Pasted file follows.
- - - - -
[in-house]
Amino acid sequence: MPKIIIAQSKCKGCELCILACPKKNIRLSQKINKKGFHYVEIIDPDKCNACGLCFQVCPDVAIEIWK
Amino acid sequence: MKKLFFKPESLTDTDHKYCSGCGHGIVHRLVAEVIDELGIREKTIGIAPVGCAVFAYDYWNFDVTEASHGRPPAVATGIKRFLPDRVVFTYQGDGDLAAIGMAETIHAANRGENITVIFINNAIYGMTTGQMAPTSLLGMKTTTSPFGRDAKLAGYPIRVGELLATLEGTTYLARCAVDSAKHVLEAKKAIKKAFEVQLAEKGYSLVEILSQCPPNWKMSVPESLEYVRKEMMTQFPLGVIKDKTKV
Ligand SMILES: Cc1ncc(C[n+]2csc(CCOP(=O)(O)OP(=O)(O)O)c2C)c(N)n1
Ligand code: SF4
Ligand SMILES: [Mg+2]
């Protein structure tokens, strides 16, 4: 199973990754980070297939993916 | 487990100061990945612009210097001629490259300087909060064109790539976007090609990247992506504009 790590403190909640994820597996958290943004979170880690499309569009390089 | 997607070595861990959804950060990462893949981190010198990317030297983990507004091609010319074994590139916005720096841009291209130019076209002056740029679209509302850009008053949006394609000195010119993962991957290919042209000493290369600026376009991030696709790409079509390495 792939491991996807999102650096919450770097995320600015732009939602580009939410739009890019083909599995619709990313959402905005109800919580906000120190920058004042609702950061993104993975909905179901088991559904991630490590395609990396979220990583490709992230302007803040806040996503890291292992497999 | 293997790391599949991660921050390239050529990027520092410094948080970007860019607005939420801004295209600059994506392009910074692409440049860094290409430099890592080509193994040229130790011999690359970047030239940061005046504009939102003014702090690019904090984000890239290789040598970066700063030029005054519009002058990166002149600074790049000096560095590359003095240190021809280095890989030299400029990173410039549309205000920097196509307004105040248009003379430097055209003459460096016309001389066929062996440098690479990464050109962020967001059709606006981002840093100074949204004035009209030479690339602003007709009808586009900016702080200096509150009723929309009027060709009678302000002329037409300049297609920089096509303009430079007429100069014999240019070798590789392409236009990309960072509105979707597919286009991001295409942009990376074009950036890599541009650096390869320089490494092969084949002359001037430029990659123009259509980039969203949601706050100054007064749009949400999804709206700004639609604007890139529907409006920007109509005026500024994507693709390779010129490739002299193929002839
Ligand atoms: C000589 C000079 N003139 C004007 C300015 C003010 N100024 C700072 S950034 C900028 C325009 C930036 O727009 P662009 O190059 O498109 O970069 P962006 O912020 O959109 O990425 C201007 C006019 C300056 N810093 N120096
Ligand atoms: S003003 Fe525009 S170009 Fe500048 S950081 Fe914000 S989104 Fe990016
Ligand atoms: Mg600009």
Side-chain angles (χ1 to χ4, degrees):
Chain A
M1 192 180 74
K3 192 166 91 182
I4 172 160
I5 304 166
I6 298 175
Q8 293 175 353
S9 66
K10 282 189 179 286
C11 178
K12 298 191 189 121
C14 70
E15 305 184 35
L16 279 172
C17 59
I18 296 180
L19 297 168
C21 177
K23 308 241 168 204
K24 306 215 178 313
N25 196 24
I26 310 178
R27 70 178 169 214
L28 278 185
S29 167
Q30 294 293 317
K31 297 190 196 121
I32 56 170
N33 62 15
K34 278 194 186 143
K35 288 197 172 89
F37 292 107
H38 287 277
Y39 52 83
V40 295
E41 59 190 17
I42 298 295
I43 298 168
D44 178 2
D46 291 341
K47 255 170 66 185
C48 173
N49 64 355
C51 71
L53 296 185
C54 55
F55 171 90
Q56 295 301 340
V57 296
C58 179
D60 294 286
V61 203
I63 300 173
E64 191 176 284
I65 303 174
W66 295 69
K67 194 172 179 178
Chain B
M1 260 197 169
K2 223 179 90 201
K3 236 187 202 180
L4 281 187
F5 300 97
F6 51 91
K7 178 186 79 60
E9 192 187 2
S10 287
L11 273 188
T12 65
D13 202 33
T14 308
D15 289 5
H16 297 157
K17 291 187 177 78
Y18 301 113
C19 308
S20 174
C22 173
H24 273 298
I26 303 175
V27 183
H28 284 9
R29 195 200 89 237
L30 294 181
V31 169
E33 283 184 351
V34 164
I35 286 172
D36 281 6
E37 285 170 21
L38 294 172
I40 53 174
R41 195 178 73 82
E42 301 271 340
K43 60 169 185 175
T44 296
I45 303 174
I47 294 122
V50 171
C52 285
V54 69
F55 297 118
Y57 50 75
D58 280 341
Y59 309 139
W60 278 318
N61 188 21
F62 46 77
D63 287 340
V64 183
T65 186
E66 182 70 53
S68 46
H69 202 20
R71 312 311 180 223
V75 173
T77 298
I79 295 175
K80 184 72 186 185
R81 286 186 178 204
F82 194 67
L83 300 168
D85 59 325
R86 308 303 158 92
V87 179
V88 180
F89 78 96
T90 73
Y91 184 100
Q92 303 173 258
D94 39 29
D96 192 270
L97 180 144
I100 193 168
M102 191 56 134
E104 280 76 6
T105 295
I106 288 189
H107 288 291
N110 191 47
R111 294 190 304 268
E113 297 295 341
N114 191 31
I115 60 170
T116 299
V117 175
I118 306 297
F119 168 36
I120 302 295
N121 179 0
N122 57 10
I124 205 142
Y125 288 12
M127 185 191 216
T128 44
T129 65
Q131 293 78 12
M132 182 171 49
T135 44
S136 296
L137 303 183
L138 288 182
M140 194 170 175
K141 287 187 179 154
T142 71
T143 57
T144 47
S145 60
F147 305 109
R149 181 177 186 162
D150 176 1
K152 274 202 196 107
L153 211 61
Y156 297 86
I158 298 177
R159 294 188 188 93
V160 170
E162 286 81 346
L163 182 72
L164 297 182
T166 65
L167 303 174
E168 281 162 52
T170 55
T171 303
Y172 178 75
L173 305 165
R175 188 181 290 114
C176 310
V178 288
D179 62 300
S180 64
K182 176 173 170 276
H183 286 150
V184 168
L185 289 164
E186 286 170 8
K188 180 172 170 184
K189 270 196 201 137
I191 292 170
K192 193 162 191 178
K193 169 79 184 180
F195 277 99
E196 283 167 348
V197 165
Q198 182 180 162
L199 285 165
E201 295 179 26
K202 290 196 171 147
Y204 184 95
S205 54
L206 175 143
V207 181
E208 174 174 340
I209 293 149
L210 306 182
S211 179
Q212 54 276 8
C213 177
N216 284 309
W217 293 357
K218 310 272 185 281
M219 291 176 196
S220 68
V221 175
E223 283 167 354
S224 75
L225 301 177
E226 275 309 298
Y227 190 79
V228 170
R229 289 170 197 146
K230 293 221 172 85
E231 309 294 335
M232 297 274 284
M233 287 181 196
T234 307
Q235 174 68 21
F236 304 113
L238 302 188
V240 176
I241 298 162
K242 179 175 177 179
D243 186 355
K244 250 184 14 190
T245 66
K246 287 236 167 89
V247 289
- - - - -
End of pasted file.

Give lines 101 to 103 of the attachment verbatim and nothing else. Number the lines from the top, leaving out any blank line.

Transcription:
E37 285 170 21
L38 294 172
I40 53 174